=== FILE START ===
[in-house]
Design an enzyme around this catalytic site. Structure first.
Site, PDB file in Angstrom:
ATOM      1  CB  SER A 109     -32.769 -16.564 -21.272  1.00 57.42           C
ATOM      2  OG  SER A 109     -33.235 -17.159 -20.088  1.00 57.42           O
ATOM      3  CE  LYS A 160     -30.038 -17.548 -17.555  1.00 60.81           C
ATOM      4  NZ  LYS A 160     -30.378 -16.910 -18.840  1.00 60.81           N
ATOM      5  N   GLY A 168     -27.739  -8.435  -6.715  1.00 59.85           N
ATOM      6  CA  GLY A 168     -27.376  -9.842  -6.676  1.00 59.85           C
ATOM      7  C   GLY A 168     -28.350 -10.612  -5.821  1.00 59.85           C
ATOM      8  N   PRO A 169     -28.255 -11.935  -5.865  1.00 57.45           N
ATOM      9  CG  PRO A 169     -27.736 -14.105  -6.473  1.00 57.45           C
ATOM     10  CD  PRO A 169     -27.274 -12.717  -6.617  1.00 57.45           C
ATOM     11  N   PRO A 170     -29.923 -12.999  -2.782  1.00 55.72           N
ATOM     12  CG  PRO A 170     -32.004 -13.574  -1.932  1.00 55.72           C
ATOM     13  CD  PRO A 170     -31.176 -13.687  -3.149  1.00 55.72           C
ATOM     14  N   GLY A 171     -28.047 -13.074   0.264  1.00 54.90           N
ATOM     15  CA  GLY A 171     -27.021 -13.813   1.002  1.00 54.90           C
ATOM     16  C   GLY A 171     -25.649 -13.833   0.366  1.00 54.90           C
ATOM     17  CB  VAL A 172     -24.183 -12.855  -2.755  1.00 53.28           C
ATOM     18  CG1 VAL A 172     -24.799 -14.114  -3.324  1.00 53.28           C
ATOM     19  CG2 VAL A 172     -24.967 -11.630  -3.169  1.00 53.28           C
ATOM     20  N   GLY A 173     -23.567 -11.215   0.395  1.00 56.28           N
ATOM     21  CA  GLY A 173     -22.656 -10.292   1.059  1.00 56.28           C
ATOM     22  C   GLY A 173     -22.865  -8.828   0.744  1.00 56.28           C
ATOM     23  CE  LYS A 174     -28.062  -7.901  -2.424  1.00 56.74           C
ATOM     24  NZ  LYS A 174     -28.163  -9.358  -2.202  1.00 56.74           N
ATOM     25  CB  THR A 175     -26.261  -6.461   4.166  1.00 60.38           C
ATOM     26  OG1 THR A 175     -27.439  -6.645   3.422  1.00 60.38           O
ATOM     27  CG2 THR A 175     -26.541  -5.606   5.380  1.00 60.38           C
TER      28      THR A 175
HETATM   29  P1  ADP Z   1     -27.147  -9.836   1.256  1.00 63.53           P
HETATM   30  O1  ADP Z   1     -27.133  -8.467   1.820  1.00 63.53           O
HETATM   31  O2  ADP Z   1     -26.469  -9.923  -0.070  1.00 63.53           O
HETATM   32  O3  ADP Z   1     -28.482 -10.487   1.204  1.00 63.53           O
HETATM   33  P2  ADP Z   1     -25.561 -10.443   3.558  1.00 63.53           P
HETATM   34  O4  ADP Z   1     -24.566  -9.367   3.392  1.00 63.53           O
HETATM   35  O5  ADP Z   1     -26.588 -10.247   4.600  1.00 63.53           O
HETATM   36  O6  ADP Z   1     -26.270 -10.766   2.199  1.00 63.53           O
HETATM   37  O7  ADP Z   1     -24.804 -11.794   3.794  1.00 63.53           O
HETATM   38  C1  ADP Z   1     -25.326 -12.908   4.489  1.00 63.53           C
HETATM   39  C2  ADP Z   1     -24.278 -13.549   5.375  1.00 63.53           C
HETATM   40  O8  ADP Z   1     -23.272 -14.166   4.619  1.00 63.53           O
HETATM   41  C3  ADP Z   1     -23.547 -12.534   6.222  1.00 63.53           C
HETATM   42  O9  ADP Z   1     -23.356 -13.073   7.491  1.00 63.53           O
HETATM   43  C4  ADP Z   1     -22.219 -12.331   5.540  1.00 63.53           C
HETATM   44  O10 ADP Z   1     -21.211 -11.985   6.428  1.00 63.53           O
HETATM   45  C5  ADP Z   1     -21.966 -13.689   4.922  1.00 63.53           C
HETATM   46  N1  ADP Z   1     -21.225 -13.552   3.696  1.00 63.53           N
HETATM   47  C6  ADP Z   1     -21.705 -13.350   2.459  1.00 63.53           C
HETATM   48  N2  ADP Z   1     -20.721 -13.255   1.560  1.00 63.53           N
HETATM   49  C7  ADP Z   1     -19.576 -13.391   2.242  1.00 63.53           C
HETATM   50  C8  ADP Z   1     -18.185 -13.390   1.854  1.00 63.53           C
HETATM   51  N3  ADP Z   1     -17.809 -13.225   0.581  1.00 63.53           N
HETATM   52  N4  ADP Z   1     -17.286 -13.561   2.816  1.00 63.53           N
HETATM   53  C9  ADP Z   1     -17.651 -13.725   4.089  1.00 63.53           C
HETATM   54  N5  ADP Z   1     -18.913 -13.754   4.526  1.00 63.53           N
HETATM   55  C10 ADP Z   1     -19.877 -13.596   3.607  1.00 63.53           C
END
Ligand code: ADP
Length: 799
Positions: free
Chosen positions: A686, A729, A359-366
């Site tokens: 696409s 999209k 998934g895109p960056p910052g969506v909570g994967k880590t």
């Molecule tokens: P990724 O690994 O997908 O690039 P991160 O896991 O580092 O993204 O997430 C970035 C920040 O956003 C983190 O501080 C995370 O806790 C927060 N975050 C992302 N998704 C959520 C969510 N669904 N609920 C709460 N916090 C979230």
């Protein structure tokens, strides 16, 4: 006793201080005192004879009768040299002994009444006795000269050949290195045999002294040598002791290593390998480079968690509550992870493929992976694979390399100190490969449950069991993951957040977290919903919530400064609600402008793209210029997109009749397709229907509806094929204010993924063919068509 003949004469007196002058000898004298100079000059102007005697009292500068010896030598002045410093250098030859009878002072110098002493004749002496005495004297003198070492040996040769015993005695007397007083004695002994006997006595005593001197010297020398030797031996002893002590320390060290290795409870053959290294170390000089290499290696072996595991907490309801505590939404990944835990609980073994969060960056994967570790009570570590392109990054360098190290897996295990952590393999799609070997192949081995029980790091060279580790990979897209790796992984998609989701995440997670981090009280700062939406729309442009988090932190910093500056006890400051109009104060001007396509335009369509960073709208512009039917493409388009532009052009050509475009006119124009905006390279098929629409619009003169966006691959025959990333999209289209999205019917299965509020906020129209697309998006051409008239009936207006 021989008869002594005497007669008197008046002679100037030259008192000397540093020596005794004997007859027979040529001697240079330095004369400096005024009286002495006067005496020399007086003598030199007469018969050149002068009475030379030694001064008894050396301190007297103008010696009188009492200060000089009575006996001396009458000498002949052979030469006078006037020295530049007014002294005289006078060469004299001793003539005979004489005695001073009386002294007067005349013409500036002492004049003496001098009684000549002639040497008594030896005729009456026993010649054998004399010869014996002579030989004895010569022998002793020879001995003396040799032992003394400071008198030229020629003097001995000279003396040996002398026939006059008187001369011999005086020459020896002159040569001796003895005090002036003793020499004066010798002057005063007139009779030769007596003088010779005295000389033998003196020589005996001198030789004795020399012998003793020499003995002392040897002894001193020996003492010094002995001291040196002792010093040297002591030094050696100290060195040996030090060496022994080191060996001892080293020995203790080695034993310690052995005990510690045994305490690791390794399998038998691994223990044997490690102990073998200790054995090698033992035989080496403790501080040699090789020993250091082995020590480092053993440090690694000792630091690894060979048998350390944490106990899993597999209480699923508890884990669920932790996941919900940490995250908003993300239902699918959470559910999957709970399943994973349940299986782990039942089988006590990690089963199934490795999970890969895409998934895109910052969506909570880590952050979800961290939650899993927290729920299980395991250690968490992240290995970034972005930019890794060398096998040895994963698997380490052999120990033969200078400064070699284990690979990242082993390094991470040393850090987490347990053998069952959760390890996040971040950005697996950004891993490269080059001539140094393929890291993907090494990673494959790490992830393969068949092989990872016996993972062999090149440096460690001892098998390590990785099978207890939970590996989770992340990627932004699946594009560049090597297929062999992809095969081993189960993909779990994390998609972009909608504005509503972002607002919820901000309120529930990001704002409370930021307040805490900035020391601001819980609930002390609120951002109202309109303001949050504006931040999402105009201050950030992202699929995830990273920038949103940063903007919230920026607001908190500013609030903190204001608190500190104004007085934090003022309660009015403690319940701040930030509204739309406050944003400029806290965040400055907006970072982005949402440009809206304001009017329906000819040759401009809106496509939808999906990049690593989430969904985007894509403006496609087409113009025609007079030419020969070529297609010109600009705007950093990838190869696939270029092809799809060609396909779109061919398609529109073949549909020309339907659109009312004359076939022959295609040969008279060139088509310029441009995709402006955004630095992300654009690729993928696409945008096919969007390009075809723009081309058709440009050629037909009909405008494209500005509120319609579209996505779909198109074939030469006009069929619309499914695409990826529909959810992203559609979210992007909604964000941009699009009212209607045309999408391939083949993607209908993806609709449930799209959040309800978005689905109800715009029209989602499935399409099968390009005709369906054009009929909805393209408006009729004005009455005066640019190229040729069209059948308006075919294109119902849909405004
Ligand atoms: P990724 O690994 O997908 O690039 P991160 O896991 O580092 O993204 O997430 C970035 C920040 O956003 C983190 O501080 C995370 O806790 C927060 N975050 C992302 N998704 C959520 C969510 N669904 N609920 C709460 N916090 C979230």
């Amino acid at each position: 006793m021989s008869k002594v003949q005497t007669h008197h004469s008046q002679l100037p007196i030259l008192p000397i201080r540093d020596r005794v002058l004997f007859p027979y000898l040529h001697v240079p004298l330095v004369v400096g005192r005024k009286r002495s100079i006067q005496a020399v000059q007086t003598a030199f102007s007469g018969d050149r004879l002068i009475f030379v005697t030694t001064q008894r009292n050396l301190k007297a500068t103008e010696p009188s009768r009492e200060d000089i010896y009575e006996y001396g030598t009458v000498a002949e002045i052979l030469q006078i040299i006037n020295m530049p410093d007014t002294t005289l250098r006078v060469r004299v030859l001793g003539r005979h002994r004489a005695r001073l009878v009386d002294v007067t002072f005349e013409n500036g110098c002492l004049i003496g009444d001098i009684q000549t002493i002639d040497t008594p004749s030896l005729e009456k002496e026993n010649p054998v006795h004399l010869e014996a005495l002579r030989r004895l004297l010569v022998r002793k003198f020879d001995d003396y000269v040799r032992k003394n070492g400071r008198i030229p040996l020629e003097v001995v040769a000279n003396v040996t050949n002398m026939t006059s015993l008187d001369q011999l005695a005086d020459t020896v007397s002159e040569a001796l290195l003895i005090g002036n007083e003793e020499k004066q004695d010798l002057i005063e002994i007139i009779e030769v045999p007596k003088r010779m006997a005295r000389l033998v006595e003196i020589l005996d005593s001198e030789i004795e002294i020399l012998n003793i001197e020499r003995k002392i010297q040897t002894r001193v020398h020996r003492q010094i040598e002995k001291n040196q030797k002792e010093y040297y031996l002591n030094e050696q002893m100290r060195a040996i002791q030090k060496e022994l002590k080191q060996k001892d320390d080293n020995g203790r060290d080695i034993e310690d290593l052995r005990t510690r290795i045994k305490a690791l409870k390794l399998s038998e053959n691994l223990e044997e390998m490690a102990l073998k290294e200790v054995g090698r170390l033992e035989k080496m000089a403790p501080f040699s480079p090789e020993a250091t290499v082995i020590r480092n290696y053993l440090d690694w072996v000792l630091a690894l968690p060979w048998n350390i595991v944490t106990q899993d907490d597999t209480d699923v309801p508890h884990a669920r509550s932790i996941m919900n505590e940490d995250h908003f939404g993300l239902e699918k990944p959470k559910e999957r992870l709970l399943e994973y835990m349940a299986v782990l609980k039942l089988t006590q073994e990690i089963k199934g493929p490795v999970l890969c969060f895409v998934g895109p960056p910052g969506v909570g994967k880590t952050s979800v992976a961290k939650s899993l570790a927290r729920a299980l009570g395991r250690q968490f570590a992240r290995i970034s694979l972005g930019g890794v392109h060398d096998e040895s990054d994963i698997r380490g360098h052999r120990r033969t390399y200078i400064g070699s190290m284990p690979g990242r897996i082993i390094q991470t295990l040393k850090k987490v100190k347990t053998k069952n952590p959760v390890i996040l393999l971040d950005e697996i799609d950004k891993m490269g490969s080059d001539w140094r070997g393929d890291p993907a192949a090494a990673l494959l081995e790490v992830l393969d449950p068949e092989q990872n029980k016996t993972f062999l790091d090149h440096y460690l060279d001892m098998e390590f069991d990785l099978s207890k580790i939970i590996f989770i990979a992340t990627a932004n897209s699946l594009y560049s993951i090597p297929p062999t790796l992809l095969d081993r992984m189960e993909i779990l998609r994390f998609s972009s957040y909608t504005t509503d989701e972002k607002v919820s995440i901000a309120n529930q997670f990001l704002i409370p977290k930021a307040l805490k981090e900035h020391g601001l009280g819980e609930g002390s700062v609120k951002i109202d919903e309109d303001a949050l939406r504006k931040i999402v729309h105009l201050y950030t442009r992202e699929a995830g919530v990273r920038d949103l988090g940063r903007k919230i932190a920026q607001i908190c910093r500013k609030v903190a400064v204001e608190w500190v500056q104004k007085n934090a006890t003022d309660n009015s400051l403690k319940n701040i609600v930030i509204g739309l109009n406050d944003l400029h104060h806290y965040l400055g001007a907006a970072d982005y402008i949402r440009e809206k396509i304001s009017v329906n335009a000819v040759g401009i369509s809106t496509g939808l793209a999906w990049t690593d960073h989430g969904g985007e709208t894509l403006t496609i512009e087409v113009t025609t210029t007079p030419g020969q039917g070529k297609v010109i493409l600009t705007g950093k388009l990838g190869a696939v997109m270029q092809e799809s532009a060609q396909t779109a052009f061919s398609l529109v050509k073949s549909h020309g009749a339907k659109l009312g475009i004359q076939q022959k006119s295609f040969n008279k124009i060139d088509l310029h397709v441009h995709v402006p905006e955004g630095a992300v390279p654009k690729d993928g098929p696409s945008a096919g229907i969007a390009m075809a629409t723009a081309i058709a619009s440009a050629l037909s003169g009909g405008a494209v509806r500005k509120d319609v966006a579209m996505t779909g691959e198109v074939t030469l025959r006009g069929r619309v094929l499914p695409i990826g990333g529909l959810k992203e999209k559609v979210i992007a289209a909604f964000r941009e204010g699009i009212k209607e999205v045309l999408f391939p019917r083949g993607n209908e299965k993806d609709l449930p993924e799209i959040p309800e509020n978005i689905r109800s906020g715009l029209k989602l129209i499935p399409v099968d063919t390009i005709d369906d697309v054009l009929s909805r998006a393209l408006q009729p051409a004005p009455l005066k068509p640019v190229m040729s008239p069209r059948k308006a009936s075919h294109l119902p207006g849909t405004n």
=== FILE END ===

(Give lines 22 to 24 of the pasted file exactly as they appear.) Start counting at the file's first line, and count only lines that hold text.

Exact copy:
ATOM     19  CG2 VAL A 172     -24.967 -11.630  -3.169  1.00 53.28           C
ATOM     20  N   GLY A 173     -23.567 -11.215   0.395  1.00 56.28           N
ATOM     21  CA  GLY A 173     -22.656 -10.292   1.059  1.00 56.28           C